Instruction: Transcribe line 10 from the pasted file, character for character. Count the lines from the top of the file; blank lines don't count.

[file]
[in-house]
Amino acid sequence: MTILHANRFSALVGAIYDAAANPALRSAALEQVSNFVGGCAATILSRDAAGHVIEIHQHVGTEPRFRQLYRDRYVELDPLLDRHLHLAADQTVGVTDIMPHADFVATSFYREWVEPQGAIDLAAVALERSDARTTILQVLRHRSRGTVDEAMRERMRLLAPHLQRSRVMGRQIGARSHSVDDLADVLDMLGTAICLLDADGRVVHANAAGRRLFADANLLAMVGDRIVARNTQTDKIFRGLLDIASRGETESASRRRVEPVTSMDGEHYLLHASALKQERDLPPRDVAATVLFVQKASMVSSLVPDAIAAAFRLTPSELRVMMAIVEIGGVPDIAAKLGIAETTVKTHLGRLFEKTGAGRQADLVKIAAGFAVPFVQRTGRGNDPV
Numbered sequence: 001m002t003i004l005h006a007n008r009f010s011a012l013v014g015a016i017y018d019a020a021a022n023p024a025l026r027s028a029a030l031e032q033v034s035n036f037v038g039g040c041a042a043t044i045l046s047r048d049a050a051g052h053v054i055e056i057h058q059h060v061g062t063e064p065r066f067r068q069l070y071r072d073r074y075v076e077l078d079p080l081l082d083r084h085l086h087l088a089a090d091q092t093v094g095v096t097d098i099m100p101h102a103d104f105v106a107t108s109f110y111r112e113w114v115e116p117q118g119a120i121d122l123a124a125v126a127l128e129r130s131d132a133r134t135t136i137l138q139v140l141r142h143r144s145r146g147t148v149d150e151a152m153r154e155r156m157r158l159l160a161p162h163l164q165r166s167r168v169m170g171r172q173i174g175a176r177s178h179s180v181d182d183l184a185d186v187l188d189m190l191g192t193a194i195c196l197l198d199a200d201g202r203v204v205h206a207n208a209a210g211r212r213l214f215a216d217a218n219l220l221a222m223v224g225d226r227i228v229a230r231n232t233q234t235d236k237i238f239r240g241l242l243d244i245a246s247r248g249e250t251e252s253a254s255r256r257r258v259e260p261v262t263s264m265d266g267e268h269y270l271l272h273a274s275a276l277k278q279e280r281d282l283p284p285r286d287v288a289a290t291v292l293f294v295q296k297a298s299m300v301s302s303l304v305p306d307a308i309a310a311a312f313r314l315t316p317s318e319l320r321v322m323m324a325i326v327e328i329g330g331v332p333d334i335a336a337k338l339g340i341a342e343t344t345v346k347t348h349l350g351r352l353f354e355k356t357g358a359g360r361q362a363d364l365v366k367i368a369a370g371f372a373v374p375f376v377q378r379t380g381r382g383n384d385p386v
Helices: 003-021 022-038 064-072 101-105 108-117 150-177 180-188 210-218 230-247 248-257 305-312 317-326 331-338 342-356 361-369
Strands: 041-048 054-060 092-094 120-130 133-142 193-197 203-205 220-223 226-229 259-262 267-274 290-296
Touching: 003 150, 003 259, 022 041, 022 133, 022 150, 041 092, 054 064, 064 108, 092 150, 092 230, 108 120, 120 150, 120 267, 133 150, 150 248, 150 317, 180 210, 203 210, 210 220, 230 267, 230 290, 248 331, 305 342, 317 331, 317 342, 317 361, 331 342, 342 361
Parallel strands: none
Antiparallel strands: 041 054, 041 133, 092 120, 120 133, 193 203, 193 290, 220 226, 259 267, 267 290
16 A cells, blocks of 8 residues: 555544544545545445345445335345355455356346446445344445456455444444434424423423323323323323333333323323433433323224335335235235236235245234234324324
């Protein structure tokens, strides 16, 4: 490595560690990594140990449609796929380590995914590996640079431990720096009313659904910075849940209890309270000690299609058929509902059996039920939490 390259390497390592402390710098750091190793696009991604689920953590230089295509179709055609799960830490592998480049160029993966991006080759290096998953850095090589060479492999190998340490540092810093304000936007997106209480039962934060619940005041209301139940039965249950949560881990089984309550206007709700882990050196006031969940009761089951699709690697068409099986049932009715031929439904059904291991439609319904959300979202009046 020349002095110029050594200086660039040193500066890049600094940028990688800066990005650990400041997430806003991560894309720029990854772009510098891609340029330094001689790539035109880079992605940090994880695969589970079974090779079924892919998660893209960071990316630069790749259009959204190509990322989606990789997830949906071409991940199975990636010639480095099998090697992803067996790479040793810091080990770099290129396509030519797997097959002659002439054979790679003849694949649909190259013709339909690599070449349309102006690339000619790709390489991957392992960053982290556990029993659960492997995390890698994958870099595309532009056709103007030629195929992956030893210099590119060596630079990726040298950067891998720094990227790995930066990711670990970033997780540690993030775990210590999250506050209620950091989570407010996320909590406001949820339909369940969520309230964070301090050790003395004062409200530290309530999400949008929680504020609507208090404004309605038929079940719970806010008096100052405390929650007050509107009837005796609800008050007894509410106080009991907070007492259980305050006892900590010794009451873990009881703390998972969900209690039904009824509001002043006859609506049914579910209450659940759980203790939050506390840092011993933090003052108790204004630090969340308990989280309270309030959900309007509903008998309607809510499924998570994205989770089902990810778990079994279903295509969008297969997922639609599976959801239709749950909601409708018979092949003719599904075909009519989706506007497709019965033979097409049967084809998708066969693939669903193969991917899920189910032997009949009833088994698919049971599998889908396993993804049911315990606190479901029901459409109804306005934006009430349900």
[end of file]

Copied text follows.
């Protein structure tokens, strides 16, 4: 490595560690990594140990449609796929380590995914590996640079431990720096009313659904910075849940209890309270000690299609058929509902059996039920939490 390259390497390592402390710098750091190793696009991604689920953590230089295509179709055609799960830490592998480049160029993966991006080759290096998953850095090589060479492999190998340490540092810093304000936007997106209480039962934060619940005041209301139940039965249950949560881990089984309550206007709700882990050196006031969940009761089951699709690697068409099986049932009715031929439904059904291991439609319904959300979202009046 020349002095110029050594200086660039040193500066890049600094940028990688800066990005650990400041997430806003991560894309720029990854772009510098891609340029330094001689790539035109880079992605940090994880695969589970079974090779079924892919998660893209960071990316630069790749259009959204190509990322989606990789997830949906071409991940199975990636010639480095099998090697992803067996790479040793810091080990770099290129396509030519797997097959002659002439054979790679003849694949649909190259013709339909690599070449349309102006690339000619790709390489991957392992960053982290556990029993659960492997995390890698994958870099595309532009056709103007030629195929992956030893210099590119060596630079990726040298950067891998720094990227790995930066990711670990970033997780540690993030775990210590999250506050209620950091989570407010996320909590406001949820339909369940969520309230964070301090050790003395004062409200530290309530999400949008929680504020609507208090404004309605038929079940719970806010008096100052405390929650007050509107009837005796609800008050007894509410106080009991907070007492259980305050006892900590010794009451873990009881703390998972969900209690039904009824509001002043006859609506049914579910209450659940759980203790939050506390840092011993933090003052108790204004630090969340308990989280309270309030959900309007509903008998309607809510499924998570994205989770089902990810778990079994279903295509969008297969997922639609599976959801239709749950909601409708018979092949003719599904075909009519989706506007497709019965033979097409049967084809998708066969693939669903193969991917899920189910032997009949009833088994698919049971599998889908396993993804049911315990606190479901029901459409109804306005934006009430349900």